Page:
In 1882, the decision was made to construct a gasworks at Saint-Denis in order to meet Paris' growing needs for gas for both light and heating. Town-gas was produced by distilling coal, and thus the plant depended heavily on the railways and coal trains coming from the mines in the north of France. After firing and purification, the gas was stored in telescoping gasometers that rose and fell in function of the quantity of gas they contained. For several decades, these "huge riveted iron bells"-the largest of which were 65 metres high and 75 metres in diameter-were features of the La Plaine landscape.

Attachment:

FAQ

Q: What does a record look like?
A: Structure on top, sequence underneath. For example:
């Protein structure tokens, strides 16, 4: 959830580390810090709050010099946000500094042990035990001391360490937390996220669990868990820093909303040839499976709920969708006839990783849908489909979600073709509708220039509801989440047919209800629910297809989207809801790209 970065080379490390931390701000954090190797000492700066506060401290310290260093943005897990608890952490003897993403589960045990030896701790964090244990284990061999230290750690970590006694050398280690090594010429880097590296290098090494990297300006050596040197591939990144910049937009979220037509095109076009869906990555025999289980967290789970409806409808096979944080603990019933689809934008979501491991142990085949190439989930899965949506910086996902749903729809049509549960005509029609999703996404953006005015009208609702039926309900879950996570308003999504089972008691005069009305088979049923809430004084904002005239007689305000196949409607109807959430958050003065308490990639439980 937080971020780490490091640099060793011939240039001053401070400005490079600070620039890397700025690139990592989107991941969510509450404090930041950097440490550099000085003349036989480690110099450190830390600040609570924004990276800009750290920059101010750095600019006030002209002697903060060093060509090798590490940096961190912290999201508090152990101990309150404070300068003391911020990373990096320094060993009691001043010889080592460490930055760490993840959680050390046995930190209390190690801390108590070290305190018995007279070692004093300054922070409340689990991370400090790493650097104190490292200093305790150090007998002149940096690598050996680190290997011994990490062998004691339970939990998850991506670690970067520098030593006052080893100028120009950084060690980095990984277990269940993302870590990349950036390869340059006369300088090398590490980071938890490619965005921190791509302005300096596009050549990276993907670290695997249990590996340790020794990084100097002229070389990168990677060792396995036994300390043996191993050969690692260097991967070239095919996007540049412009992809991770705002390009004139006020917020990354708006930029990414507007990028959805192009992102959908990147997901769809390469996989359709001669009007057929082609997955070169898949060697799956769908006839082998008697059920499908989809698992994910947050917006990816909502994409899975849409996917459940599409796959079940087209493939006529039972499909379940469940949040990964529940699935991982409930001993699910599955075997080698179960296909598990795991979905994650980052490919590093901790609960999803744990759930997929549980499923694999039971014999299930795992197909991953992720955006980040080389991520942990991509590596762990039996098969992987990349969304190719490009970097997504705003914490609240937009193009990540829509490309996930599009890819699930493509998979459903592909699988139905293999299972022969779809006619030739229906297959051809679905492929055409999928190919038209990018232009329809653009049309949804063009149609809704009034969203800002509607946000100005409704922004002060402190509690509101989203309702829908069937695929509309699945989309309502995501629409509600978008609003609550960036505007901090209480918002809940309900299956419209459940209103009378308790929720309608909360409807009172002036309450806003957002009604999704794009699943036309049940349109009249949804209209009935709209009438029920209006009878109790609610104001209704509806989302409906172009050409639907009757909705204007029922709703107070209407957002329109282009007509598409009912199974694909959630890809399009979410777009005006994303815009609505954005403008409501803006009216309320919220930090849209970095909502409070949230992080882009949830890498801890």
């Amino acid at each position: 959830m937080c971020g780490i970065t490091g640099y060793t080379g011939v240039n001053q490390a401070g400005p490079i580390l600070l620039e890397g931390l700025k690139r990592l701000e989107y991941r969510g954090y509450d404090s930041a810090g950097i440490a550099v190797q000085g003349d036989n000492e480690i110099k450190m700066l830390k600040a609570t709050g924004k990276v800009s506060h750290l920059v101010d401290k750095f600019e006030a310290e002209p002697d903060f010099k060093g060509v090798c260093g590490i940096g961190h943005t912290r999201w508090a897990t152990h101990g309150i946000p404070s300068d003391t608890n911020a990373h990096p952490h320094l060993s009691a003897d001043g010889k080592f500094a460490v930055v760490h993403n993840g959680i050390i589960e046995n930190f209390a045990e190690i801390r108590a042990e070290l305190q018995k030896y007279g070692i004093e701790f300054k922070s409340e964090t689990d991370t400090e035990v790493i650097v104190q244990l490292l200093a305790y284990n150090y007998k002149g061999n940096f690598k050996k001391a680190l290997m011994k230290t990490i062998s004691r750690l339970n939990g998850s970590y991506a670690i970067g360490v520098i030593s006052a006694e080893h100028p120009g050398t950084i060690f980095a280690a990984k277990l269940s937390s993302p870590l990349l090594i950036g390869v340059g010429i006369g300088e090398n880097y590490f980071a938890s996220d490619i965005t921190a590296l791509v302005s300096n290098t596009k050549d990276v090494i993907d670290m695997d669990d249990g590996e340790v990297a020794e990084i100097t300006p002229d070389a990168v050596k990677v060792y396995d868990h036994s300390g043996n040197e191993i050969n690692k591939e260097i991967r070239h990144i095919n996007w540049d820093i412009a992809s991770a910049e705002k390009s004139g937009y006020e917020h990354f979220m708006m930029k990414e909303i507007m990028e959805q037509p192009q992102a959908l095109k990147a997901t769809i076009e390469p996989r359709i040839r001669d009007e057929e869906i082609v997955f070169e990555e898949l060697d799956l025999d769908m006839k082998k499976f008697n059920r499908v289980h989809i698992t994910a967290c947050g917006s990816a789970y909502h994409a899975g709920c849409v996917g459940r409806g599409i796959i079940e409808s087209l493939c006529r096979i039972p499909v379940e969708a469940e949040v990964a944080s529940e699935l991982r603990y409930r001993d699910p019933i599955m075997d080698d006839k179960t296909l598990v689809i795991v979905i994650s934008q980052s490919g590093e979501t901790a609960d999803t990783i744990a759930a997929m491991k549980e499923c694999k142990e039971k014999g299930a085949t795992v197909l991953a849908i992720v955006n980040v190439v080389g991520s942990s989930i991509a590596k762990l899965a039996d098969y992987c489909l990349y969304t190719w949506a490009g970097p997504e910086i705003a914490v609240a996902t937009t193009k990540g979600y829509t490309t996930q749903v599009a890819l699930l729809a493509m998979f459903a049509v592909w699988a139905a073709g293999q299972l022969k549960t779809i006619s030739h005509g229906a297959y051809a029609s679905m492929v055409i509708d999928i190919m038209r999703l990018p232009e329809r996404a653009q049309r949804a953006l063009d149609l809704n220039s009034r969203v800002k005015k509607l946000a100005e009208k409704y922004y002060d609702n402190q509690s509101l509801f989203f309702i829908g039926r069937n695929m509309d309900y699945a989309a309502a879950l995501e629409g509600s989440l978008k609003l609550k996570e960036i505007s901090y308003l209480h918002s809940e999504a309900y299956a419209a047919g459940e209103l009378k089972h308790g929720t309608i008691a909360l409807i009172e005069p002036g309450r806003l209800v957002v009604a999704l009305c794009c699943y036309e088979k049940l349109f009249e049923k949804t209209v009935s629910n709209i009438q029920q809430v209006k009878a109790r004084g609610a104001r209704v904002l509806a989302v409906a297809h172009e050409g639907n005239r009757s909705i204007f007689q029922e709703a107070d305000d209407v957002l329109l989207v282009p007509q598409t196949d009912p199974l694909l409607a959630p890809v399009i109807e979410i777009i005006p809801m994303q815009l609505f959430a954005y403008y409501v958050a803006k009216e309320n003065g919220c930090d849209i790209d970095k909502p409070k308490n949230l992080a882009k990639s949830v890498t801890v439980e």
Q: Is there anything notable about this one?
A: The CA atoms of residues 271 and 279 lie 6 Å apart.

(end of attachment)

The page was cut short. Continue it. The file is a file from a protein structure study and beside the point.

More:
The plant employed several hundred workers from Brittany, whose unskilled jobs were carried out under difficult conditions. In 1946, the newly-nationalized Gaz de France took over the production, transportation and distribution of gas in Paris and, as a result, the management of the plant. In the 1970s, distribution of natural gas became the norm throughout the Ile-de-France, leading to the shutdown of the plant. Today, the site is home to Gaz de France's research center, as well as the Stade de France.